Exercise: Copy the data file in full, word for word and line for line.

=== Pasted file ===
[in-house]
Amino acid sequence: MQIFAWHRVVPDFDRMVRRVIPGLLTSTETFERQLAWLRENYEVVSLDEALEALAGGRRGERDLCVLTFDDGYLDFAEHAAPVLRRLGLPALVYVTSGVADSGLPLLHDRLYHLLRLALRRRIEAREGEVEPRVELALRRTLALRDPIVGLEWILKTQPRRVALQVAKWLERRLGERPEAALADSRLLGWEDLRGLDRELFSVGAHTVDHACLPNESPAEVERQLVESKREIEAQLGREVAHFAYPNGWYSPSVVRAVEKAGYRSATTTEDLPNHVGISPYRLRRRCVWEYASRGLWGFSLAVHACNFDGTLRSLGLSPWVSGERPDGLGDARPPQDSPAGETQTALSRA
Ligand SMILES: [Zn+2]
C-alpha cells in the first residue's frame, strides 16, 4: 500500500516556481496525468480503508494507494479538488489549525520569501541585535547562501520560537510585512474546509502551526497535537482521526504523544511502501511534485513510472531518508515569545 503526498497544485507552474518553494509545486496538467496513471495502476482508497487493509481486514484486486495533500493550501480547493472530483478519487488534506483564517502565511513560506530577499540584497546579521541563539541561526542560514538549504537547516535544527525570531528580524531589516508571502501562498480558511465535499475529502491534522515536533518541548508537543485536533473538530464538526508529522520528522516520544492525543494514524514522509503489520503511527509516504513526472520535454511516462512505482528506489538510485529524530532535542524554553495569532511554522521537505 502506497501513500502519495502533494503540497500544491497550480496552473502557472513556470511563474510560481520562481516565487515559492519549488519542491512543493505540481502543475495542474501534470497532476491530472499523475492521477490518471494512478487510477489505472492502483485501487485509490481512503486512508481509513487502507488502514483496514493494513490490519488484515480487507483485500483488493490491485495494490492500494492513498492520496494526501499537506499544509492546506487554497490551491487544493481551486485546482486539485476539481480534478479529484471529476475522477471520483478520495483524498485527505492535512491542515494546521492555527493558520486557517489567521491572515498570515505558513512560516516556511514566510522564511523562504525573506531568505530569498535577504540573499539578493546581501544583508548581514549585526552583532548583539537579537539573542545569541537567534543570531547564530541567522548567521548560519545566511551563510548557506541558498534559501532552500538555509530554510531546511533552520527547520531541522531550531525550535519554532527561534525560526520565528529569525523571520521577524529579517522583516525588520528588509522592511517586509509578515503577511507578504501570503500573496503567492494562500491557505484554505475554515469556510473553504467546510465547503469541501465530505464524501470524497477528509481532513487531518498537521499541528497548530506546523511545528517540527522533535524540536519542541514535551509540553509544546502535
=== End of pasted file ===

[in-house]
Amino acid sequence: MQIFAWHRVVPDFDRMVRRVIPGLLTSTETFERQLAWLRENYEVVSLDEALEALAGGRRGERDLCVLTFDDGYLDFAEHAAPVLRRLGLPALVYVTSGVADSGLPLLHDRLYHLLRLALRRRIEAREGEVEPRVELALRRTLALRDPIVGLEWILKTQPRRVALQVAKWLERRLGERPEAALADSRLLGWEDLRGLDRELFSVGAHTVDHACLPNESPAEVERQLVESKREIEAQLGREVAHFAYPNGWYSPSVVRAVEKAGYRSATTTEDLPNHVGISPYRLRRRCVWEYASRGLWGFSLAVHACNFDGTLRSLGLSPWVSGERPDGLGDARPPQDSPAGETQTALSRA
Ligand SMILES: [Zn+2]
C-alpha cells in the first residue's frame, strides 16, 4: 500500500516556481496525468480503508494507494479538488489549525520569501541585535547562501520560537510585512474546509502551526497535537482521526504523544511502501511534485513510472531518508515569545 503526498497544485507552474518553494509545486496538467496513471495502476482508497487493509481486514484486486495533500493550501480547493472530483478519487488534506483564517502565511513560506530577499540584497546579521541563539541561526542560514538549504537547516535544527525570531528580524531589516508571502501562498480558511465535499475529502491534522515536533518541548508537543485536533473538530464538526508529522520528522516520544492525543494514524514522509503489520503511527509516504513526472520535454511516462512505482528506489538510485529524530532535542524554553495569532511554522521537505 502506497501513500502519495502533494503540497500544491497550480496552473502557472513556470511563474510560481520562481516565487515559492519549488519542491512543493505540481502543475495542474501534470497532476491530472499523475492521477490518471494512478487510477489505472492502483485501487485509490481512503486512508481509513487502507488502514483496514493494513490490519488484515480487507483485500483488493490491485495494490492500494492513498492520496494526501499537506499544509492546506487554497490551491487544493481551486485546482486539485476539481480534478479529484471529476475522477471520483478520495483524498485527505492535512491542515494546521492555527493558520486557517489567521491572515498570515505558513512560516516556511514566510522564511523562504525573506531568505530569498535577504540573499539578493546581501544583508548581514549585526552583532548583539537579537539573542545569541537567534543570531547564530541567522548567521548560519545566511551563510548557506541558498534559501532552500538555509530554510531546511533552520527547520531541522531550531525550535519554532527561534525560526520565528529569525523571520521577524529579517522583516525588520528588509522592511517586509509578515503577511507578504501570503500573496503567492494562500491557505484554505475554515469556510473553504467546510465547503469541501465530505464524501470524497477528509481532513487531518498537521499541528497548530506546523511545528517540527522533535524540536519542541514535551509540553509544546502535